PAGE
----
Last Year of Circulating Gold Coins Offers a Rare Opportunity

Heritage Auctions · May 11, 2020
Press Release Auctions U.S. Coins

The 1933 eagles are the only U.S. gold coins bearing that date that are legal to own, save for the single celebrated King Farouk 1933 double eagle that was legally "monetized" and sold for $7,590,020 in July 2002.





Heritage just sold a 1933 $10 gold piece—the only gold coin that can be readily traded on the open market from this year—for an astonishing $360,000 in the April Central States sale last week. If you missed your chance, another rare opportunity is presented at Heritage’s June Long Beach Auction!

The reverse side of the 1933 $10 Eagle which will be sold in conjunction with Heritage's June 2020 Long Beach Auction.

President Roosevelt had declared that the country was no longer going to be on the gold standard after 1933, so the production of gold coins for circulation screeched to a halt. Also, with most 1933 gold coins ($20 gold pieces) currently classified by the US Government as illegal to own, a 1933 $10 Indian offers a rare opportunity to acquire a piece from this year that will not send you to a courtroom. This coin has a fascinating story of how something with a mintage of around 300,000 coins turned out to have less than 50 pieces known in all grades—our catalogers estimate only around 30 to 40 pieces survive….a tiny fraction of the original mintage.

Our catalogers explain what makes these coins not only so scarce, but also so interesting: "The accepted mintage figure for the 1933 gold eagles is 312,500 coins, as published in the Guide Book and various other sources. While that is accurate as far as it goes, it is only half of the story. Nearly all of the original production was melted shortly after the coins were manufactured, due to the Gold Recall of President Franklin D. Roosevelt.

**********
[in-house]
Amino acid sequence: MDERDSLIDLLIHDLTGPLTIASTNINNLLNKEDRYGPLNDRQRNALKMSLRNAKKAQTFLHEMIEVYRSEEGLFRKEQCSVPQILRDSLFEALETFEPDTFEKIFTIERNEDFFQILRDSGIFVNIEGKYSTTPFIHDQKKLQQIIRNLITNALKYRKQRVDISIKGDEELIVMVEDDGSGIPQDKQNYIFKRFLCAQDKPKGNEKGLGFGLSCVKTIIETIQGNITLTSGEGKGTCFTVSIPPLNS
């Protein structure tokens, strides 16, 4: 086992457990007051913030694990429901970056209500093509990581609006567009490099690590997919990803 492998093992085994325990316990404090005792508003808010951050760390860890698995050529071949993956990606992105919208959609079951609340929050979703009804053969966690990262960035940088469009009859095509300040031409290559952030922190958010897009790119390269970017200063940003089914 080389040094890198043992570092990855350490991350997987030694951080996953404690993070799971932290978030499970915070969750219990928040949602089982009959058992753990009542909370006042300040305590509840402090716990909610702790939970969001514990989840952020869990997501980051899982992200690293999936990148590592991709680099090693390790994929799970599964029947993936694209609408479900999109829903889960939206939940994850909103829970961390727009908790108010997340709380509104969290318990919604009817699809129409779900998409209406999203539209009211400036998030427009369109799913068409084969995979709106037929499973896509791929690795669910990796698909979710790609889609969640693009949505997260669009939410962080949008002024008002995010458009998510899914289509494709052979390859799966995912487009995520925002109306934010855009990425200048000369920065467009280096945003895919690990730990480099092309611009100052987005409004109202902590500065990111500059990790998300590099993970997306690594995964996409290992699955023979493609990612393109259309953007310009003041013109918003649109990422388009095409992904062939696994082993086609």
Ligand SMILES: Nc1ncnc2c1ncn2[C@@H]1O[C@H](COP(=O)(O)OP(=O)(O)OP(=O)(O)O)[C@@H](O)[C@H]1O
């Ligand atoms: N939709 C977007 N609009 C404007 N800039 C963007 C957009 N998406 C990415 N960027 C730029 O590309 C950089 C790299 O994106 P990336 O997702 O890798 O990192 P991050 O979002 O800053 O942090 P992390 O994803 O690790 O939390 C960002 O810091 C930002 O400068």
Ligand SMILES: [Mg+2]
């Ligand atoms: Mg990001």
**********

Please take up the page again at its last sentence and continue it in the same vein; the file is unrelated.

The 1933 eagles are the only U.S. gold coins bearing that date that are legal to own, save for the single celebrated King Farouk 1933 double eagle that was legally "monetized" and sold for $7,590,020 in July 2002.

The year 1933 opened normally at the Philadelphia Mint, although the country was in the depths of the Great Depression. The Mint's production of the year's eagles totaled 312,500 pieces in January and February. Although for many years it was thought that perhaps two dozen of those coins were released in the normal order of business, it is now believed that from 30 to 40 specimens escaped in this way. Presidential Order 6260, issued in March, officially halted the release of gold coins from the Mint.

All known examples of the 1933 ten dollar are Uncirculated -- but Gem examples such as the present specimen are quite rare. Mike Fuljenz writes in Indian Gold Coins of the 20th Century concerning the 1933 eagles:

"For some reason, this date is usually seen with scattered deep marks. The typical 1933 may not have as many abrasions as on the typical 1932 but the marks seen on the 1933 are often located on the prime focal points and they can be fairly detracting. More often than not, the marks are located on the obverse and on a few pieces they are positioned squarely on the jaw or cheek of the Indian."

Acquisition of any 1933 eagle has been considered a badge of accomplishment, one of the coins that separate great collections from world-class ones.”

Don’t miss this opportunity to add your name to the list of elite collectors who have owned one of the handful of examples known today, graded PCGS MS65 [link to auction lot].

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